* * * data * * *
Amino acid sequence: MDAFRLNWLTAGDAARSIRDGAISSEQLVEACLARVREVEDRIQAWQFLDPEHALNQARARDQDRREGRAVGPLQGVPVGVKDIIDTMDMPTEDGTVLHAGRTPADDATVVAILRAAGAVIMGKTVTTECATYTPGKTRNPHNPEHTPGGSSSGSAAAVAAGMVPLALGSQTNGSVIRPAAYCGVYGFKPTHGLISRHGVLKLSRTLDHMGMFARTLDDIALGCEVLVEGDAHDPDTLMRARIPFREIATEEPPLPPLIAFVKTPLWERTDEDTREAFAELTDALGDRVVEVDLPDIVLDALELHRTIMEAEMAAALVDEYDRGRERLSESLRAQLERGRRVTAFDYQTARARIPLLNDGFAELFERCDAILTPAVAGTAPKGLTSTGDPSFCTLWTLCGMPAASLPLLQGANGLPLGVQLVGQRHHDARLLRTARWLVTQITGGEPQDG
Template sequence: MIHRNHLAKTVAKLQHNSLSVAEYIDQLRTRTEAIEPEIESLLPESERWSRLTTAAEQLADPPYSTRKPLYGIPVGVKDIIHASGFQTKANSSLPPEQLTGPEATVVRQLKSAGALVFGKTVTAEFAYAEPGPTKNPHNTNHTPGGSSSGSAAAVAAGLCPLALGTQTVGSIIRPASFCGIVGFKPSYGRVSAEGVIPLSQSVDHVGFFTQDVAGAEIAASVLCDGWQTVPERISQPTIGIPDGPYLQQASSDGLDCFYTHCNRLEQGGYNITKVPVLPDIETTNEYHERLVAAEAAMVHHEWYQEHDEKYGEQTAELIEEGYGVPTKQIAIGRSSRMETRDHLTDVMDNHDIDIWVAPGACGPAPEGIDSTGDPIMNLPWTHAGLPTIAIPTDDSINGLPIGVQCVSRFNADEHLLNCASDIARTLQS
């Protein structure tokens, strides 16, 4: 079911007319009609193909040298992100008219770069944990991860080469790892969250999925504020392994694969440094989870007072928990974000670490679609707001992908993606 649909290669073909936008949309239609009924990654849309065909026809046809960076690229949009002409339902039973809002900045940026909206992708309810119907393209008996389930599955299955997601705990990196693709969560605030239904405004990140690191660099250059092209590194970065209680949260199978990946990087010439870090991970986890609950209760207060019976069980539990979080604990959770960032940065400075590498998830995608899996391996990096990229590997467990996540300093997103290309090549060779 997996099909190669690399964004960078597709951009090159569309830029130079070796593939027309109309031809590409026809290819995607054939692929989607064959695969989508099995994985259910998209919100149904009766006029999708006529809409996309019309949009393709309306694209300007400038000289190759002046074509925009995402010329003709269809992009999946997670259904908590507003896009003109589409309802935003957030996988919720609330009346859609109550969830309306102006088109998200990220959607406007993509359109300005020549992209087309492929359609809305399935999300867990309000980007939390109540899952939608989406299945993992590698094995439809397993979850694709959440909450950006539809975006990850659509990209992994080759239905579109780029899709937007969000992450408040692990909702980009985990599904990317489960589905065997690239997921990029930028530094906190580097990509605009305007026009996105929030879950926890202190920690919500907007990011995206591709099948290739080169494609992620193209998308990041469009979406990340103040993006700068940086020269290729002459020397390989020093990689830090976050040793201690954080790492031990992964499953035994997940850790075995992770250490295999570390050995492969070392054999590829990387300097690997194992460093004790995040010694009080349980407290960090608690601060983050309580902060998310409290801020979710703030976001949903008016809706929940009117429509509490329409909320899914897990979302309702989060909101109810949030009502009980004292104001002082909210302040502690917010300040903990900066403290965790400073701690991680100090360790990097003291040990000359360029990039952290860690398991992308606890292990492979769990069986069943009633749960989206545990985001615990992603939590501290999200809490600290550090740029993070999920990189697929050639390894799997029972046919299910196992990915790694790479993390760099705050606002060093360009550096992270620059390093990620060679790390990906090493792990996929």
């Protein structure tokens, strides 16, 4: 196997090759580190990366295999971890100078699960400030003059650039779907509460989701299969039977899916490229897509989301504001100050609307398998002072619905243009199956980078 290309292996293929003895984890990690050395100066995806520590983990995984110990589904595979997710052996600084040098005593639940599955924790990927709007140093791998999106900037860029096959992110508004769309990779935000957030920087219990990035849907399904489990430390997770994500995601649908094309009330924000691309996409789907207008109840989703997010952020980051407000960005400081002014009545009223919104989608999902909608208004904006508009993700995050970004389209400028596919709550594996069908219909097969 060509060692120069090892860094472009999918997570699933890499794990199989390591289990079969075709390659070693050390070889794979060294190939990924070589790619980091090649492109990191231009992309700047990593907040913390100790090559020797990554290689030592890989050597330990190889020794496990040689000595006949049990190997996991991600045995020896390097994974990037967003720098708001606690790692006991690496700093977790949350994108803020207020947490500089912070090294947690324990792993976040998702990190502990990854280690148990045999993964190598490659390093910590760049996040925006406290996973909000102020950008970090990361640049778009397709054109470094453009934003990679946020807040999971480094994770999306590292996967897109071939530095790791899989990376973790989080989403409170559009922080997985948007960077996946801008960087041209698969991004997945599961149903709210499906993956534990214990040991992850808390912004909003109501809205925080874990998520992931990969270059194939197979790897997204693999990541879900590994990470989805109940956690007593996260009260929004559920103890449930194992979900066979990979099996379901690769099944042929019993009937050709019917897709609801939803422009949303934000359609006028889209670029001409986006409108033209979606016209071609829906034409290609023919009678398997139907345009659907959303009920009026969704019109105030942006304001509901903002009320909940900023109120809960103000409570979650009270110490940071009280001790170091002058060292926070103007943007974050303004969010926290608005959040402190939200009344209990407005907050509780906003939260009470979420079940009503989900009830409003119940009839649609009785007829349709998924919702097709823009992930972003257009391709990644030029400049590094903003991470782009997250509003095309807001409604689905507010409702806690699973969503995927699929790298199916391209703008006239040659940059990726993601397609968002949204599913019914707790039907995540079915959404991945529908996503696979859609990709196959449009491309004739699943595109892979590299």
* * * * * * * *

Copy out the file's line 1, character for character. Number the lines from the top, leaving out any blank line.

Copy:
Amino acid sequence: MDAFRLNWLTAGDAARSIRDGAISSEQLVEACLARVREVEDRIQAWQFLDPEHALNQARARDQDRREGRAVGPLQGVPVGVKDIIDTMDMPTEDGTVLHAGRTPADDATVVAILRAAGAVIMGKTVTTECATYTPGKTRNPHNPEHTPGGSSSGSAAAVAAGMVPLALGSQTNGSVIRPAAYCGVYGFKPTHGLISRHGVLKLSRTLDHMGMFARTLDDIALGCEVLVEGDAHDPDTLMRARIPFREIATEEPPLPPLIAFVKTPLWERTDEDTREAFAELTDALGDRVVEVDLPDIVLDALELHRTIMEAEMAAALVDEYDRGRERLSESLRAQLERGRRVTAFDYQTARARIPLLNDGFAELFERCDAILTPAVAGTAPKGLTSTGDPSFCTLWTLCGMPAASLPLLQGANGLPLGVQLVGQRHHDARLLRTARWLVTQITGGEPQDG